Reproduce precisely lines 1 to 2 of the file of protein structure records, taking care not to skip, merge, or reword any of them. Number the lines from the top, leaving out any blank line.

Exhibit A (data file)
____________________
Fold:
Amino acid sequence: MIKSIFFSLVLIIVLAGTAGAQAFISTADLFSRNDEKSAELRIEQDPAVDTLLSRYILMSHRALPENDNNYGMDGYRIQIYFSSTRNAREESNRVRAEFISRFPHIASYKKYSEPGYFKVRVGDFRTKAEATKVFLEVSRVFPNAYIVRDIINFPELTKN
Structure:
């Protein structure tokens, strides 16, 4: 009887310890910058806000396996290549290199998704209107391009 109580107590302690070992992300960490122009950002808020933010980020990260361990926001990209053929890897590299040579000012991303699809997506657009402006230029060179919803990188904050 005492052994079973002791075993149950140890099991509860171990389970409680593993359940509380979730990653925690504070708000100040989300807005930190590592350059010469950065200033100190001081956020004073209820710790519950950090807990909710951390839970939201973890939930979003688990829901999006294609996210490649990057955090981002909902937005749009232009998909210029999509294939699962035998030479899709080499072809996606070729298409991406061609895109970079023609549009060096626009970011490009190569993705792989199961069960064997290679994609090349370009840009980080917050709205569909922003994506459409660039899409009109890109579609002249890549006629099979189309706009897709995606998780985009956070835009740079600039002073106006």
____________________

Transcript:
Fold:
Amino acid sequence: MIKSIFFSLVLIIVLAGTAGAQAFISTADLFSRNDEKSAELRIEQDPAVDTLLSRYILMSHRALPENDNNYGMDGYRIQIYFSSTRNAREESNRVRAEFISRFPHIASYKKYSEPGYFKVRVGDFRTKAEATKVFLEVSRVFPNAYIVRDIINFPELTKN